Building Sensitivity and Awareness
  1. Strand PHIL.I Definitions of Philanthropy
    1. Standard DP 01. Define Philanthropy
      1. Benchmark E.1 Define philanthropy as the giving and sharing of time, talent, or treasure intended for the common good.
      2. Benchmark E.3 Recognize that citizens have a responsibility for the common good as defined by democratic principles.
      3. Benchmark E.4 Define and give examples of selfishness and selflessness.
    2. Standard DP 02. Roles of Government, Business, and Philanthropy
      1. Benchmark E.5 Recognize that volunteering requires freedom of choice.
      2. Benchmark E.6 Explain why acting philanthropically is good for the community, state, nation, or world.
      3. Benchmark E.7 Describe the concept of competing self-interest.
  2. Strand PHIL.II Philanthropy and Civil Society
    1. Standard PCS 02. Diverse Cultures
      1. Benchmark E.2 Discuss the importance of respect for others.
      2. Benchmark E.4 Demonstrate listening skills.
    2. Standard PCS 05. Philanthropy and Government
      1. Benchmark E.6 Identify and describe fundamental democratic principles.
  3. Strand PHIL.III Philanthropy and the Individual
    1. Standard PI 01. Reasons for Individual Philanthropy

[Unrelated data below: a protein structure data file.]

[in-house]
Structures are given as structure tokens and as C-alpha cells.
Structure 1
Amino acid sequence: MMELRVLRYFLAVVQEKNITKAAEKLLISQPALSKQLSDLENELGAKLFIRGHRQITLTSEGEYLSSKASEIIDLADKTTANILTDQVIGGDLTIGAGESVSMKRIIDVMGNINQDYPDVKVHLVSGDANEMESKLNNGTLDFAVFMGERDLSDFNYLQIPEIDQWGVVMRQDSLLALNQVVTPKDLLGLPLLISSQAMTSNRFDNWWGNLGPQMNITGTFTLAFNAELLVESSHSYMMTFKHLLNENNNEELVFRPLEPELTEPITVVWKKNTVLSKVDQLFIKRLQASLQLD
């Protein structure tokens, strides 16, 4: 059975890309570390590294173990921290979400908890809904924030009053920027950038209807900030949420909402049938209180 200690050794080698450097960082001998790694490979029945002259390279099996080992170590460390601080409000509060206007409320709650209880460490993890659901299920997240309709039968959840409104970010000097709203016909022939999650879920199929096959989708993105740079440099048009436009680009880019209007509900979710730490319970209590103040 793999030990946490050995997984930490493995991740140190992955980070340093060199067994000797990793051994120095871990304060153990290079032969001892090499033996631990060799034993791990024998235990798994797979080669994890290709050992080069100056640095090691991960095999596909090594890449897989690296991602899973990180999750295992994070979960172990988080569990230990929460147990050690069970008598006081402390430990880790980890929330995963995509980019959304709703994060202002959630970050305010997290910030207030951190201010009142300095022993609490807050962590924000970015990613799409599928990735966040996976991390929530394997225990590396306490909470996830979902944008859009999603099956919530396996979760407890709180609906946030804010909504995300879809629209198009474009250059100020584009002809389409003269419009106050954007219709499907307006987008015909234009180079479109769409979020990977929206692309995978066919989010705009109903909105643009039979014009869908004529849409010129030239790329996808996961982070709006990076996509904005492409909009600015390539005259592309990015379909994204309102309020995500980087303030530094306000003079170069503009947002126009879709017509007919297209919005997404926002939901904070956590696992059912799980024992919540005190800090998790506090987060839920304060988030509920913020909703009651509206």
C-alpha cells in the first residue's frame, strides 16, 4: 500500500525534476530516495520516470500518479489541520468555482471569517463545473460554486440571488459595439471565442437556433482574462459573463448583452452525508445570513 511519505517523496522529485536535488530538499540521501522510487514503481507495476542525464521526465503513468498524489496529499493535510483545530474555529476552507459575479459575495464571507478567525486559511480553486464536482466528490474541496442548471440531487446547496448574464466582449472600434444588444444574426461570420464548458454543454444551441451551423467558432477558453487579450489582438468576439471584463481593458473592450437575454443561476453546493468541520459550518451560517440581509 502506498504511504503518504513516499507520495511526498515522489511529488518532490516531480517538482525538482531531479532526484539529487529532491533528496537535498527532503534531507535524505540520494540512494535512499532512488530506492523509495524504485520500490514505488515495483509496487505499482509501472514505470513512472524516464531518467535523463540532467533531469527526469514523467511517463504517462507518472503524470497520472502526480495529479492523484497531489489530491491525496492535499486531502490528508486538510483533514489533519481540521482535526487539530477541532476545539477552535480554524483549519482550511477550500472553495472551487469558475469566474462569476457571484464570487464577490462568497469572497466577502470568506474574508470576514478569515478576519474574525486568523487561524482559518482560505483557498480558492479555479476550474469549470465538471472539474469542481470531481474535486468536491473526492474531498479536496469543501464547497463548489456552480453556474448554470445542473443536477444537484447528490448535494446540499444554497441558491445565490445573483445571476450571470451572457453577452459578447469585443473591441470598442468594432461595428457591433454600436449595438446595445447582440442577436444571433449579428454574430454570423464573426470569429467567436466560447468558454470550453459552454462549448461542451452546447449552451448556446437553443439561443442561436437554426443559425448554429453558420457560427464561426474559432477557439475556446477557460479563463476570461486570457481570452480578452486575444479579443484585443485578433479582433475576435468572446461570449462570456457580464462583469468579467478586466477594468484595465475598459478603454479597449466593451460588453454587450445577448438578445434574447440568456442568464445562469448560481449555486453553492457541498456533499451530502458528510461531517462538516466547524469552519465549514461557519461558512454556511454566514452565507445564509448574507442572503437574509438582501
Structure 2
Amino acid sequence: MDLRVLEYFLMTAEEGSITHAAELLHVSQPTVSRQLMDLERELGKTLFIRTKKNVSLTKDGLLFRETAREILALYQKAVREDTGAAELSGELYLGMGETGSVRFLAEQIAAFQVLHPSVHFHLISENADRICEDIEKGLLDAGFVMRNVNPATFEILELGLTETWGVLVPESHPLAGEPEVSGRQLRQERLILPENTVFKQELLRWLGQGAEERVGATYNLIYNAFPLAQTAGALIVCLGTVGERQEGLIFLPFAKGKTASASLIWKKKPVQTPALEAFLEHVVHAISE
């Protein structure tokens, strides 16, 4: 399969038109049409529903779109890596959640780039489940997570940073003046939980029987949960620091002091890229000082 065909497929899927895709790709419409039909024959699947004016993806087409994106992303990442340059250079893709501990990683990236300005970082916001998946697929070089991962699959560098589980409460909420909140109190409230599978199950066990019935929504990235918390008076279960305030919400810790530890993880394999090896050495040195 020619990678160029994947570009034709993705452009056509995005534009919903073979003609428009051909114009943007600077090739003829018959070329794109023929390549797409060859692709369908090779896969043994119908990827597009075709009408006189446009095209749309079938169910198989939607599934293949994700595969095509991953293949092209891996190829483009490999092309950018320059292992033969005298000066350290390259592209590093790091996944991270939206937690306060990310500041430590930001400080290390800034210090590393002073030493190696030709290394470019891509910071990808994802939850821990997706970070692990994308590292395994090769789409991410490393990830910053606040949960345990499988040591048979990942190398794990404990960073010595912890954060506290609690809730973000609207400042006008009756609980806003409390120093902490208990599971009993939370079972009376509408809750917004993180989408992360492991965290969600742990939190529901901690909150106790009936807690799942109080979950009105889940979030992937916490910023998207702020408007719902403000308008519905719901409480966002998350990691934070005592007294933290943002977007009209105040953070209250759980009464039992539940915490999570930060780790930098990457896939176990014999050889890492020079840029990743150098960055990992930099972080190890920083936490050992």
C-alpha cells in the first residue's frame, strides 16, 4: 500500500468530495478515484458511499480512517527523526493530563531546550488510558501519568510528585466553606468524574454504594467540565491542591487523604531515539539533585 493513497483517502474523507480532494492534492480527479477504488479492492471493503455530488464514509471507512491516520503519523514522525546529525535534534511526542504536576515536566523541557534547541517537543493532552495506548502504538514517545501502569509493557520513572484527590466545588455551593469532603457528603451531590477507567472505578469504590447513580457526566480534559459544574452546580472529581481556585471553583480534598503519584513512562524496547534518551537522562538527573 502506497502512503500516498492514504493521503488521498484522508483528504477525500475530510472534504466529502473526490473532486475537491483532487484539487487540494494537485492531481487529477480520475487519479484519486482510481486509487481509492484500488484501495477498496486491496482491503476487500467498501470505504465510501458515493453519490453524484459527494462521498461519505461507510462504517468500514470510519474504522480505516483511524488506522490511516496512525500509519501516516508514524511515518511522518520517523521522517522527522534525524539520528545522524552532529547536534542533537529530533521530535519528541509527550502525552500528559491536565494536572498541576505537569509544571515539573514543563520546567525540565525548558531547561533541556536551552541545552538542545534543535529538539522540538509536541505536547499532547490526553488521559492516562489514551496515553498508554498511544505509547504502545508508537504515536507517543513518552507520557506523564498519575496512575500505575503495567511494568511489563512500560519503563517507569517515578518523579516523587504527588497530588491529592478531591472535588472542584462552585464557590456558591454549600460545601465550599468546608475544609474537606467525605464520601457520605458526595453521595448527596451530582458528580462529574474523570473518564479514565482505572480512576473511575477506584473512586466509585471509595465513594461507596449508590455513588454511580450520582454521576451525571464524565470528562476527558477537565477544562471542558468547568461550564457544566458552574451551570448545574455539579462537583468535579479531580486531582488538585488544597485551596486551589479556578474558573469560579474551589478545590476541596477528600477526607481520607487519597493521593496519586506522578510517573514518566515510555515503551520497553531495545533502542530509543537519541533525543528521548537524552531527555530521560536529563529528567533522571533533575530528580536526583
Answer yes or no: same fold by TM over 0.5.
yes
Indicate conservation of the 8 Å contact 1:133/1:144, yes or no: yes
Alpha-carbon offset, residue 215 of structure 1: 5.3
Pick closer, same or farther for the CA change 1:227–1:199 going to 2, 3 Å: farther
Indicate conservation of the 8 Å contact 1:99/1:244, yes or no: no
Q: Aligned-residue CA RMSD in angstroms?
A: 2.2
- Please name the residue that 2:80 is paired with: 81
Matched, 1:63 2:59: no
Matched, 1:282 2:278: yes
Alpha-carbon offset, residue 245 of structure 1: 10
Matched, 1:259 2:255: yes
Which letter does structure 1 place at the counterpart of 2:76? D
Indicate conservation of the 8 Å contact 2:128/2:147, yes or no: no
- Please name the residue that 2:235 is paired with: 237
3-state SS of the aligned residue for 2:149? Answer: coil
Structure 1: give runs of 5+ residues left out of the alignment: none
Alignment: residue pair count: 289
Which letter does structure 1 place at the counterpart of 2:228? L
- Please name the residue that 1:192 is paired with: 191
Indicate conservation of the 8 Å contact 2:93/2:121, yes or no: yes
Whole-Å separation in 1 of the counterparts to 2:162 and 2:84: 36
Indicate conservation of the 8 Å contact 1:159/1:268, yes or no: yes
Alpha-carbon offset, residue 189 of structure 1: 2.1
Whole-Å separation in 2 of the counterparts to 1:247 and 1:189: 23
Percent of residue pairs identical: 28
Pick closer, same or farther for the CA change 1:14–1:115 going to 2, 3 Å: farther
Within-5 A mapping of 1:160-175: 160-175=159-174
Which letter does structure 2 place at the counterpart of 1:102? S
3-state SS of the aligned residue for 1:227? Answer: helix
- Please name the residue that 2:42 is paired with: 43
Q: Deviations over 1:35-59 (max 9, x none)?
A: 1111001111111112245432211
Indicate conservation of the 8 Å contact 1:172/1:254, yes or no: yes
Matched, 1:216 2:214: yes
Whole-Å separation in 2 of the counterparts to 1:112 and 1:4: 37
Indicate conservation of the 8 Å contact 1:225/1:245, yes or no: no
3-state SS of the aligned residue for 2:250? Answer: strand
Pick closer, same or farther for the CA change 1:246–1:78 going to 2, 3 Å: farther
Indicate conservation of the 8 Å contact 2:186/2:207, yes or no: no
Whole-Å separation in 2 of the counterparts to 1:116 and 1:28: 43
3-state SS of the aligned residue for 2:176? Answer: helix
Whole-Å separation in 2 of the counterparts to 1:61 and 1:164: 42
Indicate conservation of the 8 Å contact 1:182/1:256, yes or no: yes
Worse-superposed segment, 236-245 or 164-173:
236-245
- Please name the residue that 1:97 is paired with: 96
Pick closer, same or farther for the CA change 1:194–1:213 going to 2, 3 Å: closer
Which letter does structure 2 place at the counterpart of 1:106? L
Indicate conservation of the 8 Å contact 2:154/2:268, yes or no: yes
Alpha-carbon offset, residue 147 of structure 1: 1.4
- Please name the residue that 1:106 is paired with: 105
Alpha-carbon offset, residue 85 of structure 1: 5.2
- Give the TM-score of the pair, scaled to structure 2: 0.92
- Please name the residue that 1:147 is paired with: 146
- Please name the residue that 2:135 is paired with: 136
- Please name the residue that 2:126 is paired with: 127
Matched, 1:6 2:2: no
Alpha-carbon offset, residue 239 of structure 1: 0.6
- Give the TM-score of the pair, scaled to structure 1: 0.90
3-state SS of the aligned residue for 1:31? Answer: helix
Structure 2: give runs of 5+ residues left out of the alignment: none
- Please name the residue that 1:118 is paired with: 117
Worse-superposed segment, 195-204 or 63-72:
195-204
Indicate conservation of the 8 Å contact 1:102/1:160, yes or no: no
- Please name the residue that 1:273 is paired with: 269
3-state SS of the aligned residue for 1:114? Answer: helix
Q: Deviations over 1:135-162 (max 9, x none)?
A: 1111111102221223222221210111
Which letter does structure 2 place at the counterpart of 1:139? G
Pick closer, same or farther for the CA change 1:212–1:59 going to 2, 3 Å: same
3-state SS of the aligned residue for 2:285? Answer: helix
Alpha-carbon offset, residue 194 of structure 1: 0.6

1. Benchmark E.1 Describe one reason why a person might give or volunteer.
      2. Benchmark E.5 Give examples of actions students can take to improve the common good and list or describe responsibilities that go with those actions.
      3. Benchmark E.6 Make a connection between fundamental democratic principles and philanthropy.
  4. Strand PHIL.IV Volunteering and Service
    1. Standard VS 03. Providing Service
      1. Benchmark E.2 Describe the goals of the project and their impact.
      2. Benchmark E.3 Describe the task and the student role.
      3. Benchmark E.5 Articulate and demonstrate the safety procedures that are part of the volunteer experience.
      4. Benchmark E.6 Describe the procedures and the importance of sensitivity to the people with whom students are working.

This lesson introduces the "Living History Project." We begin with sensitivity training, as a pre-service reflection and to help volunteers understand possible needs, disabilities, and attitudes of people with whom they will be working. The training leads children to understand the importance of showing respect and grace for their senior friend. The unit provides guidance for the children to learn about philanthropy and to write a book about their senior friend's life. 

PrintOne 45-Minute Session

The learners will:

  • define the word philanthropy (giving or sharing of time, talent or treasure for the common good).
  • empathize with the possible limitations that come with age through hands-on training.

Note: If you have a presenter from the retirement facility, they may bring some of these supplies.

  • inexpensive sunglasses (children’s size)
  • petroleum jelly
  • cotton balls
  • raw peas or beans
  • rubber gloves with cotton in the tips
  • wheelchair and walker
Home Connection: 

Before this lesson, send home the letter telling families about the intergenerational relationship and book-writing project and the permission form. See handouts below.